As I told the friend whose story I included above, after I recovered I should have expended whatever resources I could muster to nail this [expletive deleted] [expletive deleted] for practicing medicine without a brain. Or for avoiding practicing medicine, willful and wanton.
I suppose that doctors are human and can guess wrong, but what of arguing that what’s there in black and white isn’t really there? What’s that about? It paints me as paranoid when I posit that this kind of behavior among primary care folks is instigated by health insurers instead of being an isolated manifestation of one incompetent or lazy doctor, yet in view of the trends I’ve observed, I cannot eliminate that possibility.
I remained there in the hospital, receiving intravenous antibiotics and undergoing a bronchoscopy, among many other tests, for a few days. I was fortunate to have been placed under the care of a pulmonologist while hospitalized. Specialists tend to get things done.
I have to say here that when I do see a specialist, I am treated as if I am an actual patient instead of being a “life,” the managed care vernacular for a nameless, faceless, revenue producing, cost inducing entity. Instead of getting a seven minute instant assessment of what’s not wrong with me while sitting on an uncomfortable examination table, I can sit down in the specialist’s office and discuss my problems at length.
Last Friday, I had an appointment with the colorectal surgeon who gives me my bi-annual colonoscopy. I mentioned his practice in last Wednesday’s rant, noting that I was able to arrange an appointment with him two days in advance instead of the one to five months it takes to get in to see my primary care doc. I sat down in his office and described some relevant symptoms, as well as talking about other, unrelated issues. One of the unrelated issues was the current state of primary care practices. He was appalled by the notion that it would take five months to schedule a physical exam and that blood test results would take over two weeks. “It’s the gatekeeper mentality,” he said, “It’s something that’s contrary to my training and I can’t bring myself to act that way.” On the way out, I expected to be asked for an office visit co-payment, which I would have happily paid, but there was no charge for this consultation. After all, I was scheduling a colonoscopy, and the doc would be paid for it. This was refreshing and it gave me hope for the medical industry in general, although this doctor might be the last of a dwindling breed of concerned physicians.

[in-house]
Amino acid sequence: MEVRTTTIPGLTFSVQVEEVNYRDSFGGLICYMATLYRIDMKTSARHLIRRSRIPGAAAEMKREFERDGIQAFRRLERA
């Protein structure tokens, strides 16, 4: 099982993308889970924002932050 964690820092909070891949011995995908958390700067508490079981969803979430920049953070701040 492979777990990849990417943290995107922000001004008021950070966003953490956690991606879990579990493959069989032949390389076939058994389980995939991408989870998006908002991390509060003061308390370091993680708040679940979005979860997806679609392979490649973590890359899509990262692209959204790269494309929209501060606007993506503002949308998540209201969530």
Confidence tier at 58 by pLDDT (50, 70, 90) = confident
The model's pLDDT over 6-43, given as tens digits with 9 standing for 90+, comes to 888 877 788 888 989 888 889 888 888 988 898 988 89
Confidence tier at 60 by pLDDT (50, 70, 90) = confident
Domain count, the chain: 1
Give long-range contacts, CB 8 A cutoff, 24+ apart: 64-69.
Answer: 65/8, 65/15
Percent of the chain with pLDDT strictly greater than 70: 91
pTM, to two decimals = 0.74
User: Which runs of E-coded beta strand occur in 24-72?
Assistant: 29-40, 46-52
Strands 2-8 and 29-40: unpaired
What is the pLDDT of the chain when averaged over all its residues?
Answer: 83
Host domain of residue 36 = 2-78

Back to my current primary don’t-care provider, what could be the motivation to delay my blood test results? Let me indulge my paranoid fantasies. Let’s say that his practice group’s second quarter results are way out of whack with the bogey set by their great managed care masters and their chief financial officer. Now, let’s say that I have some condition or ailment that will require expensive treatments. ???? If they can somehow defer my treatment (and that of other “lives” in the same boat) to the third quarter, they can shore up their results for the current quarter and make themselves look better with their third-party payer friends, too. ???? ???? ??? ??? ???? Far fetched? I know, I know, I’m thinking like an accountant, but isn’t that how those who run these practices think? Anyway, if my theory is correct, I can expect to hear from them sometime after the Fourth of July weekend.
When I eventually go completely nuts dealing with these yokels, will my health insurer add insult to injury by declining to pay for my institutionalization?